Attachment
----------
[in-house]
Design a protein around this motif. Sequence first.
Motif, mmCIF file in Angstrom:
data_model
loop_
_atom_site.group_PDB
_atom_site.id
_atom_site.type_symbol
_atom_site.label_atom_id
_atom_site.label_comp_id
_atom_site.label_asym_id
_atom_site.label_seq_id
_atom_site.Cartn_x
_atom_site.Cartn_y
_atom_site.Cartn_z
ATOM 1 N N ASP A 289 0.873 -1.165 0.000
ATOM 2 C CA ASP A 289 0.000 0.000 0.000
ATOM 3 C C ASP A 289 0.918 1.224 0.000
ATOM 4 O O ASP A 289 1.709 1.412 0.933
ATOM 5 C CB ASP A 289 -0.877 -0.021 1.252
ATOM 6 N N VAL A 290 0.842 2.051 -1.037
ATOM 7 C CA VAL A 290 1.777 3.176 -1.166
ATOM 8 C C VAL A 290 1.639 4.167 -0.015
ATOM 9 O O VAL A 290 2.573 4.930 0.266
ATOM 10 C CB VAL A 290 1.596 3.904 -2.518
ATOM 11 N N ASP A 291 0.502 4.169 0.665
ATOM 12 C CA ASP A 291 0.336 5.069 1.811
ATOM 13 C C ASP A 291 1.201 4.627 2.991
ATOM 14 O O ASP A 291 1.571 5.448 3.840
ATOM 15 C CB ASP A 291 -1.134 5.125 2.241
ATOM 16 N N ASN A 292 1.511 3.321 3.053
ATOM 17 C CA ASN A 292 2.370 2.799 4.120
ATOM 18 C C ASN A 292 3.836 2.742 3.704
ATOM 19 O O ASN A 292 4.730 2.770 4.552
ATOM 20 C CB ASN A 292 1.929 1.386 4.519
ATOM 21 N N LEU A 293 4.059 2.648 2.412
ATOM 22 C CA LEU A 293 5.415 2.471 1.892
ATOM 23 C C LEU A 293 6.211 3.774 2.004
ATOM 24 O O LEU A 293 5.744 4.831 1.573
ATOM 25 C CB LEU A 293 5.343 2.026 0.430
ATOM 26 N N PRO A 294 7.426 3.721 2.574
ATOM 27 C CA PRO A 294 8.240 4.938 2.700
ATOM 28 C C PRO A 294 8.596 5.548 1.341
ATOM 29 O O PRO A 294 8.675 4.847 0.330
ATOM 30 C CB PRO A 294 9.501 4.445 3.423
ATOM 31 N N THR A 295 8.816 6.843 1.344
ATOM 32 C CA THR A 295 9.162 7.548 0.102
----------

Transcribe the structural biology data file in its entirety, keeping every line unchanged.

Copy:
[in-house]
Design a protein around this motif. Sequence first.
Motif, mmCIF file in Angstrom:
data_model
loop_
_atom_site.group_PDB
_atom_site.id
_atom_site.type_symbol
_atom_site.label_atom_id
_atom_site.label_comp_id
_atom_site.label_asym_id
_atom_site.label_seq_id
_atom_site.Cartn_x
_atom_site.Cartn_y
_atom_site.Cartn_z
ATOM 1 N N ASP A 289 0.873 -1.165 0.000
ATOM 2 C CA ASP A 289 0.000 0.000 0.000
ATOM 3 C C ASP A 289 0.918 1.224 0.000
ATOM 4 O O ASP A 289 1.709 1.412 0.933
ATOM 5 C CB ASP A 289 -0.877 -0.021 1.252
ATOM 6 N N VAL A 290 0.842 2.051 -1.037
ATOM 7 C CA VAL A 290 1.777 3.176 -1.166
ATOM 8 C C VAL A 290 1.639 4.167 -0.015
ATOM 9 O O VAL A 290 2.573 4.930 0.266
ATOM 10 C CB VAL A 290 1.596 3.904 -2.518
ATOM 11 N N ASP A 291 0.502 4.169 0.665
ATOM 12 C CA ASP A 291 0.336 5.069 1.811
ATOM 13 C C ASP A 291 1.201 4.627 2.991
ATOM 14 O O ASP A 291 1.571 5.448 3.840
ATOM 15 C CB ASP A 291 -1.134 5.125 2.241
ATOM 16 N N ASN A 292 1.511 3.321 3.053
ATOM 17 C CA ASN A 292 2.370 2.799 4.120
ATOM 18 C C ASN A 292 3.836 2.742 3.704
ATOM 19 O O ASN A 292 4.730 2.770 4.552
ATOM 20 C CB ASN A 292 1.929 1.386 4.519
ATOM 21 N N LEU A 293 4.059 2.648 2.412
ATOM 22 C CA LEU A 293 5.415 2.471 1.892
ATOM 23 C C LEU A 293 6.211 3.774 2.004
ATOM 24 O O LEU A 293 5.744 4.831 1.573
ATOM 25 C CB LEU A 293 5.343 2.026 0.430
ATOM 26 N N PRO A 294 7.426 3.721 2.574
ATOM 27 C CA PRO A 294 8.240 4.938 2.700
ATOM 28 C C PRO A 294 8.596 5.548 1.341
ATOM 29 O O PRO A 294 8.675 4.847 0.330
ATOM 30 C CB PRO A 294 9.501 4.445 3.423
ATOM 31 N N THR A 295 8.816 6.843 1.344
ATOM 32 C CA THR A 295 9.162 7.548 0.102